The Ladies' Tea Guild

Monday, December 8, 2008

Make your own Victorian Christmas Tree ornaments! (part 2)

Image from Grandma's graphics.
Over the years, the homemade ornaments became more elaborate, especially including edible items like small cakes, cookies, bags of sweetmeats, and garlands of dried or candied fruit, nuts, and popped corn (which resembled snow). Gilded walnut shells and apples were tied on with ribbon, and probably were the inspiration for later ball-shaped ornaments. Paper chains, tinsel garlands, paper cornucopias, and candles also made an appearance. Store-bought, more permanent decorations including glass balls, lead or other metal crosses and stars, and wax angels, were introduced beginning in 1870 and were largely made in Germany.

Aside from providing simple decoration to the tree and the room, the ornaments were often intended as Christmas gifts for the various members of the family and friends, especially children. Small non-edible gifts such as handkerchiefs, bracelets, brooches, neckties, and other lightweight items could be wrapped in plain paper, or left unwrapped, marked with a name, and tied among the other ornaments with a piece of ribbon, to be opened with the other gifts.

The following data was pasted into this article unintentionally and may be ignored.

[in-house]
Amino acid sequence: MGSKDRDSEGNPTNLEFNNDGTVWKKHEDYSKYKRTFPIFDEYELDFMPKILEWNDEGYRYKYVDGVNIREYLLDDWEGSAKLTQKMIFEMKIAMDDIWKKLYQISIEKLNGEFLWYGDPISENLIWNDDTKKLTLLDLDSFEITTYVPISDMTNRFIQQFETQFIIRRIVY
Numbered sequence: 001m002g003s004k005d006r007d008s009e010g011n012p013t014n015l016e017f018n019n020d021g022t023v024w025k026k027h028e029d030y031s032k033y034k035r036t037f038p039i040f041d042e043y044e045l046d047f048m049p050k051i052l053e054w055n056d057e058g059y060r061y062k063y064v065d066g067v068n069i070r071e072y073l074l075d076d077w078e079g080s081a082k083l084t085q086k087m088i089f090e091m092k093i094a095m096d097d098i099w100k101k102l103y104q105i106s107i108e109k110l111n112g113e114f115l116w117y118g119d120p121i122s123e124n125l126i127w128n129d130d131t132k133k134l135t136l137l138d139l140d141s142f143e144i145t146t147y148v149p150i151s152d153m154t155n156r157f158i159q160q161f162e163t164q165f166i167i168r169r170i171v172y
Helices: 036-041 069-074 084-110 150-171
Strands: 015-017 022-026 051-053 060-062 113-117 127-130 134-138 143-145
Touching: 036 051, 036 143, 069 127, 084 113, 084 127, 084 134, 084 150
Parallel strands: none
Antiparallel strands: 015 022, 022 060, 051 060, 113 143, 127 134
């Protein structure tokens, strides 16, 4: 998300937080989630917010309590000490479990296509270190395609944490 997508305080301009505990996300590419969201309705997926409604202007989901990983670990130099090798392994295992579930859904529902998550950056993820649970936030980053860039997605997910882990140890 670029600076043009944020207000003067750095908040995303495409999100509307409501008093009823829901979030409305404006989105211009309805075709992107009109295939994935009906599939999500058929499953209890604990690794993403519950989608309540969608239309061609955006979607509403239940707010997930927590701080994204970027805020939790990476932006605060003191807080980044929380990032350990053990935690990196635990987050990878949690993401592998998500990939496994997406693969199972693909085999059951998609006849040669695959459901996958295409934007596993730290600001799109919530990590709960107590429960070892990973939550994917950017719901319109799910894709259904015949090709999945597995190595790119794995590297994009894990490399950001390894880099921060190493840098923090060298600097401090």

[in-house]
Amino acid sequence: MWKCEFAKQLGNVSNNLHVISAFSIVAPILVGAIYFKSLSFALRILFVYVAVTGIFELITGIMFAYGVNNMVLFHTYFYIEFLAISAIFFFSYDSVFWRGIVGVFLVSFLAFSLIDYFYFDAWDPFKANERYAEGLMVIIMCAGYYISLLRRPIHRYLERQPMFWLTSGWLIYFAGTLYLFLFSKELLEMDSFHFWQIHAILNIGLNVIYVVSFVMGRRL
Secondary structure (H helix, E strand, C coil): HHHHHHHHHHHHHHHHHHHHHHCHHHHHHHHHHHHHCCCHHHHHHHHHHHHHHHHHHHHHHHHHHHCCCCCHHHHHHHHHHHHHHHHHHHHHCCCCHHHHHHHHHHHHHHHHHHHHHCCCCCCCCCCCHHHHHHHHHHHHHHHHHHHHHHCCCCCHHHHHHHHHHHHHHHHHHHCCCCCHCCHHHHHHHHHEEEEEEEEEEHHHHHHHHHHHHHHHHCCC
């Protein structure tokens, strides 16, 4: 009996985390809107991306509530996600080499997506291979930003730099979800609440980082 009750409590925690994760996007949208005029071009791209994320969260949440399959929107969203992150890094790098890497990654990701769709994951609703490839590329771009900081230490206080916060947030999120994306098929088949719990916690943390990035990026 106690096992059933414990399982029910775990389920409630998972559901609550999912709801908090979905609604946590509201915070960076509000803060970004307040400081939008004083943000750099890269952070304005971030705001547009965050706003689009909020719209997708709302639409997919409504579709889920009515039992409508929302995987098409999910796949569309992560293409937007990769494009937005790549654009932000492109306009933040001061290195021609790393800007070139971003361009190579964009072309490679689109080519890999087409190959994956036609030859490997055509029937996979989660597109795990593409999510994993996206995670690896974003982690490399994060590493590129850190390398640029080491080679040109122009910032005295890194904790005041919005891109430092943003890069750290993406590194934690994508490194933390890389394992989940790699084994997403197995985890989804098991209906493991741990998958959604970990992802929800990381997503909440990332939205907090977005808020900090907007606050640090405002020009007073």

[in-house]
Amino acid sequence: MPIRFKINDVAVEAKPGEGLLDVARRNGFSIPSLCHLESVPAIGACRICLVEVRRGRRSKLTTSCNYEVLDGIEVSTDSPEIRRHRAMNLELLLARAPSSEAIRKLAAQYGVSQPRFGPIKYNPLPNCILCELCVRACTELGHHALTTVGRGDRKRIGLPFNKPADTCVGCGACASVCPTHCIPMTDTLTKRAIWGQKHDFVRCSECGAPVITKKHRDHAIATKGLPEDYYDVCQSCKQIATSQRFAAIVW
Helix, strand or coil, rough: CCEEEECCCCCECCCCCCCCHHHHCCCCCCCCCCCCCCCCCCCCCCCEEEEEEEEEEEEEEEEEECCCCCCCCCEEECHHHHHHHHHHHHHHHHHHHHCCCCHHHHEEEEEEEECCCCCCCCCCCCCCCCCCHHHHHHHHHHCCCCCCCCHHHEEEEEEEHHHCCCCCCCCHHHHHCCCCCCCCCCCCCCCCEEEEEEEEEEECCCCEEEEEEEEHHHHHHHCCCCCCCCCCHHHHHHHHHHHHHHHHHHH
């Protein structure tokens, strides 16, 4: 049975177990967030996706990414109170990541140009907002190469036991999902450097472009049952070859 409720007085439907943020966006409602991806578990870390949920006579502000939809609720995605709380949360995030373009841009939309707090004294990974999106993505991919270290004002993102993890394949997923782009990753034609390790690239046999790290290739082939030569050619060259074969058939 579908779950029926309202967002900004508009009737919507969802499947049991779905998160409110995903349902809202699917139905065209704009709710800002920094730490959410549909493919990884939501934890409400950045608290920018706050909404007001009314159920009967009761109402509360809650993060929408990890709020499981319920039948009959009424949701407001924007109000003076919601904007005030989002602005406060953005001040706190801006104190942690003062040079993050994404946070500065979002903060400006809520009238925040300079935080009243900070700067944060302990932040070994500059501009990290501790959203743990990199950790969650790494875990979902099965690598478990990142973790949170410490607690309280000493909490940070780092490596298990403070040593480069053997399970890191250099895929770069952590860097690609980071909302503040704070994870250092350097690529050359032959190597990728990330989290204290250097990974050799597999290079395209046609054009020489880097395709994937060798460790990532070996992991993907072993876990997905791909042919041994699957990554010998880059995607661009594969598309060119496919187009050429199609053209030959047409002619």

To make your own ornaments for your very own Victorian Christmas tree, you need look no farther than your local craft store, if nothing in your desk drawers and closets inspires you. Tie a ribbon to some old costume jewelry – small brooches and earrings work well – and just hang it from a branch. Cut snowflakes, trees, stars or hearts from white or colored paper, or aluminum foil. Tie twigs or pieces of straw into star or asterisk shapes. Draw, color and cut out small angels, doves or dolls out of paper and hang them from ribbons; use stencils or scrapbooking supplies to form shapes if you don’t draw well. Get small wooden beads or balls from the craft store and cover them with glued-on craft moss, ribbon, glitter, or strips of colorful paper torn from magazines or wrapping paper. Then make tiny loops from baby ribbon, attach them to the ornaments and hang them up!

For more information, search on the Internet or in your local library's reference section, or take a look at these web pages: "A Victorian Christmas" or "The Victorian Christmas Tree", by Joanne Haug,

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Now stir the fire, and close the shutters fast,
Let fall the curtains, wheel the sofa round,
And, while the bubbling and loud-hissing urn
Throws up a steamy column, and the cups
That cheer but not inebriate, wait on each,
So let us welcome peaceful evening in.
-- William Cowper (1731-1800)
"The Winter Evening" (Book Four), _The Task_ (1784)